Thread: Practice Shooting Targets
12-10-2010, 03:31 PM #1
- Join Date
- Dec 2007
Practice Shooting Targets
About how many shots at the target is about right for a practice session of one hour? This assumes perfect practice and consistent impact before fatigue ensues and accuracy deteriorates.
12-10-2010, 10:02 PM #2
- Join Date
- Nov 2010
- Madison County MT.
Now, lets go a little further. Yes one hour of practice is better then none, but if you plan to shoot tournaments you should practice longer than the tournament style you are going to shoot if that is possible. IE: a 300 round takes about 1:45 in a local tournament, so two hours of practice would be the least to stop fatigue in the tournament. This could go on and on, but in one hour 40 is correct. Pay attention to how your ends transition into games. See where you start to loose focus and on what. This is now a 200 round, so you should score it inside out. This will virtually help you prepare mentally for a 300 round in a tourney.
12-11-2010, 01:30 AM #3
Alot will depend on your own shooting style and routine. If you are planing on shooting tournaments I would recommend being able to shoot at least 1 1/2 times the amount of arrows. So a 300 round (60 arrows) you should be able to shoot 90 arrows. this is only my opinion, so others may have different views.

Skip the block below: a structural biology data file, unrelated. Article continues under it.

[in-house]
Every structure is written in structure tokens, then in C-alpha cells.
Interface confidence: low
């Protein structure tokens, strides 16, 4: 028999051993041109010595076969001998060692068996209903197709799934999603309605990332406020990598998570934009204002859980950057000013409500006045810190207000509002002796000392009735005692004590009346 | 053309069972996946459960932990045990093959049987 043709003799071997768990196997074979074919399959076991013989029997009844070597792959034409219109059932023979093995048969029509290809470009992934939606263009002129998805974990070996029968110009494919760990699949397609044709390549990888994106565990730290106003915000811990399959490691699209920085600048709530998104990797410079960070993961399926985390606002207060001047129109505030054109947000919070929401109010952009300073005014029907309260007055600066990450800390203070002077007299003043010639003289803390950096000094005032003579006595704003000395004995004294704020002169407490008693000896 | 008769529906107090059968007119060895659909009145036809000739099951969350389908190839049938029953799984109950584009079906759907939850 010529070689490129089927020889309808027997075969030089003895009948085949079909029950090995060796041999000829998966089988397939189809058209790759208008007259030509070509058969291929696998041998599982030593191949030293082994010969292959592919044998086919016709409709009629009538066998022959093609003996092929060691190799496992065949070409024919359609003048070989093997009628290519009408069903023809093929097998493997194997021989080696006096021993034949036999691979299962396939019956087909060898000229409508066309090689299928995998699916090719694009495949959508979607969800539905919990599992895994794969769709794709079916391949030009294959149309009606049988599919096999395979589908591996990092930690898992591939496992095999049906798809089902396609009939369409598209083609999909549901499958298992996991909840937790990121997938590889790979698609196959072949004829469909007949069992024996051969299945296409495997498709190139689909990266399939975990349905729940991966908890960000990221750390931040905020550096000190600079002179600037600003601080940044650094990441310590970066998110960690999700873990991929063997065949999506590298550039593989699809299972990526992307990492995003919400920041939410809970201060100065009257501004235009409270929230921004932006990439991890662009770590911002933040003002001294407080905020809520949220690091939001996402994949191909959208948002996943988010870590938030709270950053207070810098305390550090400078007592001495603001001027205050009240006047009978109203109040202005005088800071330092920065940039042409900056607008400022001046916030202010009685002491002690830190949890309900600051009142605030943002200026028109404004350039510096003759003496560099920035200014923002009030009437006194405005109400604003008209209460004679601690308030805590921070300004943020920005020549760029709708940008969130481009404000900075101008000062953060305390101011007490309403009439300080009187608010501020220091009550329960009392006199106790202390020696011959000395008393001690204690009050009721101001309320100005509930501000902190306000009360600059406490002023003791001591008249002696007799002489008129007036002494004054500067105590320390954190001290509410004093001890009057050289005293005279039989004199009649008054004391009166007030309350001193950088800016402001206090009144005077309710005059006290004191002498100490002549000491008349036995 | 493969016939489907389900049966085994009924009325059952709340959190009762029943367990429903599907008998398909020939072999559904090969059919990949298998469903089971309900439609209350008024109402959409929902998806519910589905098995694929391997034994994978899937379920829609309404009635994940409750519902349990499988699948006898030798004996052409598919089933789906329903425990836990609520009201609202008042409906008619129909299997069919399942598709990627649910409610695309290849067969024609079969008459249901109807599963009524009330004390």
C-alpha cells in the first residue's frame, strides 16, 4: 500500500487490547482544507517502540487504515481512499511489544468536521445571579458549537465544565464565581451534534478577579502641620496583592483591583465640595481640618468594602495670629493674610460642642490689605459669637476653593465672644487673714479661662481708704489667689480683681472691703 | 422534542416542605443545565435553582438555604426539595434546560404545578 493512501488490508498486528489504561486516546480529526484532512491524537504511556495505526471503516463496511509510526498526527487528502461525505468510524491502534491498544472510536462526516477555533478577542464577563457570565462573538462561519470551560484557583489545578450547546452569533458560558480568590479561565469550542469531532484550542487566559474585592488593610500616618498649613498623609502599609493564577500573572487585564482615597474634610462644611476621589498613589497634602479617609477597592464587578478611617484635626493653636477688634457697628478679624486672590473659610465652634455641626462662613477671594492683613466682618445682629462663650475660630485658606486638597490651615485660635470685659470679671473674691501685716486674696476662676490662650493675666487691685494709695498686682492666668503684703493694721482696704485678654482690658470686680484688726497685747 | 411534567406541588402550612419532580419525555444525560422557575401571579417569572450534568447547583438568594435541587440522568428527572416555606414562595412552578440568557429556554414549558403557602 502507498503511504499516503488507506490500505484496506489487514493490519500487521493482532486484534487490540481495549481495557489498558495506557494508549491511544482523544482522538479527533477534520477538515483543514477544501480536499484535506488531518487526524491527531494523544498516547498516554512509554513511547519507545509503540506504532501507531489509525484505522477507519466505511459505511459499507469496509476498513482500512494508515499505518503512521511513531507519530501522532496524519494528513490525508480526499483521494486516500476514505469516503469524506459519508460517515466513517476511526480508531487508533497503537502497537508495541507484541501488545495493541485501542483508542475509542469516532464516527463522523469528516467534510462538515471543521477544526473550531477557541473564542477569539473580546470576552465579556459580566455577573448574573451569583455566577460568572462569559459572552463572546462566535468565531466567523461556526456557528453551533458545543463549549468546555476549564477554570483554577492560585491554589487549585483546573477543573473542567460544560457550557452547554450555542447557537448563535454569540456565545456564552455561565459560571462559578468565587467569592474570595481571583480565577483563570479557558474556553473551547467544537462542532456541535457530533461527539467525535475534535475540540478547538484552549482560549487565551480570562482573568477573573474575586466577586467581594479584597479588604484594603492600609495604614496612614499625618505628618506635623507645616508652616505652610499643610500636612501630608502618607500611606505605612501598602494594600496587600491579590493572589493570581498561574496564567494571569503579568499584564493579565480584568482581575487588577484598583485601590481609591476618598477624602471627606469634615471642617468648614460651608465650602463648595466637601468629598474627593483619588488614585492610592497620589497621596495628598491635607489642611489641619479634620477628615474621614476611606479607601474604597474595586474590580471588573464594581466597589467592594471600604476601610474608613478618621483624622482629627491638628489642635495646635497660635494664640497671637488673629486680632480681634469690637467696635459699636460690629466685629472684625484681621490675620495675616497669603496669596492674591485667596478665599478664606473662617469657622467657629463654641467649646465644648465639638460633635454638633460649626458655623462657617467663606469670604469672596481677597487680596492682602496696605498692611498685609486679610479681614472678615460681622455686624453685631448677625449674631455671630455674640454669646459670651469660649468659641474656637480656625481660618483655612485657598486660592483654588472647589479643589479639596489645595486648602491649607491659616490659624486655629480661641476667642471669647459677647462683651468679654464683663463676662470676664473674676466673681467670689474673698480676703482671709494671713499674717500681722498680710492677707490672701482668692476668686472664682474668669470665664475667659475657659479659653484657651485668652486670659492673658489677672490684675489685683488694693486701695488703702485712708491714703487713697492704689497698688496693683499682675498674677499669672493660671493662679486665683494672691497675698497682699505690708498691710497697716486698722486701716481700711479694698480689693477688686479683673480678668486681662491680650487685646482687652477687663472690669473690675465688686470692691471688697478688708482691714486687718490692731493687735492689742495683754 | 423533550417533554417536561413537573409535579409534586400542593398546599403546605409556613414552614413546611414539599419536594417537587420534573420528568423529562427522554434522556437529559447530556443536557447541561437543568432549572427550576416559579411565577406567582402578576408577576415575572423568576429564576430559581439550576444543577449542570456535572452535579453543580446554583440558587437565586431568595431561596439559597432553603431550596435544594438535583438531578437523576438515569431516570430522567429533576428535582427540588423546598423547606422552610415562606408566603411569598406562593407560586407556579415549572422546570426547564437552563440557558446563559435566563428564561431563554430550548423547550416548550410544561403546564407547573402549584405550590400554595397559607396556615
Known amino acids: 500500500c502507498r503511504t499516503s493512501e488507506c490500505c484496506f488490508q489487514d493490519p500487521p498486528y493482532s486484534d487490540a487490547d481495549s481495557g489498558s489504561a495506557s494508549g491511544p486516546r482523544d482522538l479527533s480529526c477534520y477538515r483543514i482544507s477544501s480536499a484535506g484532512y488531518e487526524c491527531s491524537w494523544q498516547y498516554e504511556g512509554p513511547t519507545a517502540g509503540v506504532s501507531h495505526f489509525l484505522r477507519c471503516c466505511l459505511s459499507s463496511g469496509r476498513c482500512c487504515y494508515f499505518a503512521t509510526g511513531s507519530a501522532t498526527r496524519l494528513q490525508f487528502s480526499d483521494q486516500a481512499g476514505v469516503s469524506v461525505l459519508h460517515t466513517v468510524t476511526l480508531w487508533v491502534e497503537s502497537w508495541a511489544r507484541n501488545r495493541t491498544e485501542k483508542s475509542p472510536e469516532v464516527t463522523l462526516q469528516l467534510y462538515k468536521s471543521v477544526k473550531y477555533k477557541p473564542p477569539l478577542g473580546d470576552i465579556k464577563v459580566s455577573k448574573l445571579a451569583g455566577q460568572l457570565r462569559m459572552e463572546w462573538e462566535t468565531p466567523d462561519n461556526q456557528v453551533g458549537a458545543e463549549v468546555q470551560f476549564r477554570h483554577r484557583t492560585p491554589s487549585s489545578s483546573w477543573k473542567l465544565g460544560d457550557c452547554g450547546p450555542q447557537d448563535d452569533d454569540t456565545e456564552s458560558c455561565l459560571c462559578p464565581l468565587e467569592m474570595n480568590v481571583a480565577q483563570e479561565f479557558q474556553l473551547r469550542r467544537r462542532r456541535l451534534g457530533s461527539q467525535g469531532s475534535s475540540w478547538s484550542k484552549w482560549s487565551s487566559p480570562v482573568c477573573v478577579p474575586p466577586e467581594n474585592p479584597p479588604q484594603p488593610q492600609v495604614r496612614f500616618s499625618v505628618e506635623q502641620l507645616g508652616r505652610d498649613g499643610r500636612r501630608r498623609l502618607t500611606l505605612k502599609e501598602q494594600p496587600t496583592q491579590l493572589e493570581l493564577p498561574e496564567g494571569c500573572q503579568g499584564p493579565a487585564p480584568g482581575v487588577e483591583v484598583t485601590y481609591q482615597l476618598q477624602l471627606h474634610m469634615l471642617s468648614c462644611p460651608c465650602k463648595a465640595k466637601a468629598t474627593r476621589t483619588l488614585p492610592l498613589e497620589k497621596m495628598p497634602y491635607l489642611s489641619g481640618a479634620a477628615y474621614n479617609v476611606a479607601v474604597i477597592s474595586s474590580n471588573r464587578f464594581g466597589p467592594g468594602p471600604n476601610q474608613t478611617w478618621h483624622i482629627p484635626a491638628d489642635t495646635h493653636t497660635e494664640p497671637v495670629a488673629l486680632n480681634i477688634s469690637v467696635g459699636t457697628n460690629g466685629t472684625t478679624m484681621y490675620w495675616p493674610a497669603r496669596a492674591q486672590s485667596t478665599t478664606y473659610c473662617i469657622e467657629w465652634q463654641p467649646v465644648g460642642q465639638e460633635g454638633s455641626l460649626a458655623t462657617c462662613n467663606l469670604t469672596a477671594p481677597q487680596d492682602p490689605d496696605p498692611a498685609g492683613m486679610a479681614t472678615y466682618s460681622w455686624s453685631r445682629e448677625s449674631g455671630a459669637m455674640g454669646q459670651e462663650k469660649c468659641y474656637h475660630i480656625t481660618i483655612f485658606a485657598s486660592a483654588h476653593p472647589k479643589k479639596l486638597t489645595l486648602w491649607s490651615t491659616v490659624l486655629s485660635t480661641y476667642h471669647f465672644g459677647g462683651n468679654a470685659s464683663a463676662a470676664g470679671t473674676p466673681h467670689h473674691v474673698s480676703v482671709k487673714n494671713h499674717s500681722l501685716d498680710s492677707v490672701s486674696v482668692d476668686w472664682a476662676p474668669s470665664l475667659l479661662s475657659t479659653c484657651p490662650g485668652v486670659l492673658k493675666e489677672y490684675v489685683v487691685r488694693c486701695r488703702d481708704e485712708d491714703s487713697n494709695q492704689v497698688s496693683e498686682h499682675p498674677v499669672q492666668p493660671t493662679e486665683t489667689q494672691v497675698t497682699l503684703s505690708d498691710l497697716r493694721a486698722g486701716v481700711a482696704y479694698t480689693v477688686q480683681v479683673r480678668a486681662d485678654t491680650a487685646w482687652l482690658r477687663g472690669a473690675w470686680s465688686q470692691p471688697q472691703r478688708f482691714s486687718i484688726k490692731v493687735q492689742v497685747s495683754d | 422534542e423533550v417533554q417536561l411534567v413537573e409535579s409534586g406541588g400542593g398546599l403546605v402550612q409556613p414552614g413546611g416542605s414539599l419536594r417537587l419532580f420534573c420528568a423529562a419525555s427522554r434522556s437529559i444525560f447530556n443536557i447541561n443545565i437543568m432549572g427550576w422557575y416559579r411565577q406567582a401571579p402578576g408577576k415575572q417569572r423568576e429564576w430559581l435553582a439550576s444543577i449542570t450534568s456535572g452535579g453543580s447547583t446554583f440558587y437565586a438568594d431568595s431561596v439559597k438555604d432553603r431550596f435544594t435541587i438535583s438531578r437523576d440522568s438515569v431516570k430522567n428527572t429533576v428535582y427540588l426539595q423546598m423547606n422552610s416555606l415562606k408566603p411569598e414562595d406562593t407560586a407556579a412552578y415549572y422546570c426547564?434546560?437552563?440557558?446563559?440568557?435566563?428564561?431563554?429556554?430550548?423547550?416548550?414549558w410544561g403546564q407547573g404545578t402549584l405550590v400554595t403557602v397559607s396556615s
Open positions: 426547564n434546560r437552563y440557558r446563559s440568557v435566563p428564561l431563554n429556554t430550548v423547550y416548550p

12-11-2010, 11:51 AM #4
- Join Date
- Feb 2006
IMHO, you should shoot at a target only so long as you can shoot good shots. Before and after that you should shoot a blank bale, first to warm up and improve your form, then to build endurance & improve form.
There is an old saying that "Practice doesn't make perfect, Perfect practice makes perfect".
The practical application to shooting is to only shoot at a target as long as you can manage the best form of which you are capable.
But what if that's only a few arrows? You still need to build strength and endurance for whatever game you plan to compete in. That is where the blank bale comes in. You can also concentrate on each part of your form without worrying about trying to hit a specific spot.
There seem to be two parts of practice that are effective to building good form. First is the first 10 to 15 arrows. You have to know all the parts and pieces of your shot to get these right. The second is when you are tired. If you can keep good form when your muscles are tired, you are more deeply ingraining good form into your subconscious.
Just my opinion,
12-13-2010, 02:23 PM #5
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